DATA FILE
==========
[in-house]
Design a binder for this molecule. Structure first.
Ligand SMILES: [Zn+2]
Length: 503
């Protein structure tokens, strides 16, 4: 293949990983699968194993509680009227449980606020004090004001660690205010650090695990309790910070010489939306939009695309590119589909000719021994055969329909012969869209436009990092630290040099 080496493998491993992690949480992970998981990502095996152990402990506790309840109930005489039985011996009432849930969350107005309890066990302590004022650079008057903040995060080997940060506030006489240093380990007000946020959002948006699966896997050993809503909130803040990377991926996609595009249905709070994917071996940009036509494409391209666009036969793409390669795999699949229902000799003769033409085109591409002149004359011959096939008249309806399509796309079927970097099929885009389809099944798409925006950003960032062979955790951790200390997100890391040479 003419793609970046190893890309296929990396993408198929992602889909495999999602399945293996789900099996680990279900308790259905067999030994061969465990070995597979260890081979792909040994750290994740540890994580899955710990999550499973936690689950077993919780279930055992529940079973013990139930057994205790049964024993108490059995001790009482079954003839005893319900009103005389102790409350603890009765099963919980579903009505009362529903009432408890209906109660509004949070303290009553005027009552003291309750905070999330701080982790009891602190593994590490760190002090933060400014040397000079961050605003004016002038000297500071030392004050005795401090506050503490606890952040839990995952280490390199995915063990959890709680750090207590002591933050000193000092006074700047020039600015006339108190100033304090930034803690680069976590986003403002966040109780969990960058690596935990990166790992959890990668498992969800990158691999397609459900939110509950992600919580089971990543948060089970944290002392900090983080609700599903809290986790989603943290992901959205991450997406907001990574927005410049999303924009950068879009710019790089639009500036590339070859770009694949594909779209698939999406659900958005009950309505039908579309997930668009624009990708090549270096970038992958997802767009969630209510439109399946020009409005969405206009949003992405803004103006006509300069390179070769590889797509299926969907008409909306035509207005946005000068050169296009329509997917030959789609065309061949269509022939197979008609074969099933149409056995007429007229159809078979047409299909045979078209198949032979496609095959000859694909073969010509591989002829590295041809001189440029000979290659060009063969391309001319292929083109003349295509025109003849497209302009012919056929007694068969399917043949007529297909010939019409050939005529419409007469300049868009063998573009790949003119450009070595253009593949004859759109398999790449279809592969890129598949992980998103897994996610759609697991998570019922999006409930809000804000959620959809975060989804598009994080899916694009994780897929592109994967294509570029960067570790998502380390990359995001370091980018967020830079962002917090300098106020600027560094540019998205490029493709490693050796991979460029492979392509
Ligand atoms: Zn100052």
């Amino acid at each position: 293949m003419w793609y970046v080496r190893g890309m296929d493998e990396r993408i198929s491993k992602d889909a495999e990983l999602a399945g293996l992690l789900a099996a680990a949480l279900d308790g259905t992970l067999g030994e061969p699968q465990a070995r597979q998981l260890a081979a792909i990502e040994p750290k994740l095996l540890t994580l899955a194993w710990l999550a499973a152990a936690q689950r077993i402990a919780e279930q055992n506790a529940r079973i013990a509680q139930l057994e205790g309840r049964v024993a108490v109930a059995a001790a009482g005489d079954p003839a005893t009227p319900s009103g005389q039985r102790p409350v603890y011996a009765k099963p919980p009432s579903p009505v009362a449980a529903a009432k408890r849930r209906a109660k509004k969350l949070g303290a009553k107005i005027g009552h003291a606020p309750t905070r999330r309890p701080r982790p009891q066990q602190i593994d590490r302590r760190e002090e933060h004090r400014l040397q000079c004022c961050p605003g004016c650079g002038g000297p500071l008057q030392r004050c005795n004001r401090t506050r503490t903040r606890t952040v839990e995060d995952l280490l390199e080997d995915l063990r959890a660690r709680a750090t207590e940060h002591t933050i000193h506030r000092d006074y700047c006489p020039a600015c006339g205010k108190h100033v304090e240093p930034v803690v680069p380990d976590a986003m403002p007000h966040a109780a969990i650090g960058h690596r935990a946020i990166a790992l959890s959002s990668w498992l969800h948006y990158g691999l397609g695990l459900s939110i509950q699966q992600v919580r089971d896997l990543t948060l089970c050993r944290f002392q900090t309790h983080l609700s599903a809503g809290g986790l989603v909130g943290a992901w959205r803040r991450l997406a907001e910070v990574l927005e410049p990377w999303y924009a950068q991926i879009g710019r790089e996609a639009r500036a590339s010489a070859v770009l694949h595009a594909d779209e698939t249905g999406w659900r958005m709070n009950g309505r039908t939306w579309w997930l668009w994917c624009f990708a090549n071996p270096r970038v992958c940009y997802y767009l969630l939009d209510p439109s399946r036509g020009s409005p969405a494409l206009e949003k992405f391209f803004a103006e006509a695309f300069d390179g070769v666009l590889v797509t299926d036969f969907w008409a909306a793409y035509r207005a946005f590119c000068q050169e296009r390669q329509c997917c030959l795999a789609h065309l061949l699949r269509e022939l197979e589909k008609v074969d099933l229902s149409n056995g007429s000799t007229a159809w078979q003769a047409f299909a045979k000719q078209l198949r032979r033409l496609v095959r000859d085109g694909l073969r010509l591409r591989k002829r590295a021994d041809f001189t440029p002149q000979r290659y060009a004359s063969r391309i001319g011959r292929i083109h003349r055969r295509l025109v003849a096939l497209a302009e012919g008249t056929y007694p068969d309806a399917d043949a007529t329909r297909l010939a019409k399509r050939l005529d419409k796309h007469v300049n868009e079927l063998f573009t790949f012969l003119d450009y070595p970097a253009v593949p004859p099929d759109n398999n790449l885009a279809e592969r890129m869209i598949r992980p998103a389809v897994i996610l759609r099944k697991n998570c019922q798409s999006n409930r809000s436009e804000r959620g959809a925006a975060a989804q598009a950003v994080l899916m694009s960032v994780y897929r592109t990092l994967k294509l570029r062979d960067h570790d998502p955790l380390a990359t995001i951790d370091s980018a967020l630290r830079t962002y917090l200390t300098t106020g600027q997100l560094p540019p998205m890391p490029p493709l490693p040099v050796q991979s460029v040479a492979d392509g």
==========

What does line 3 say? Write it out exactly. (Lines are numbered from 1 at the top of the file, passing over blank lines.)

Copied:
Ligand SMILES: [Zn+2]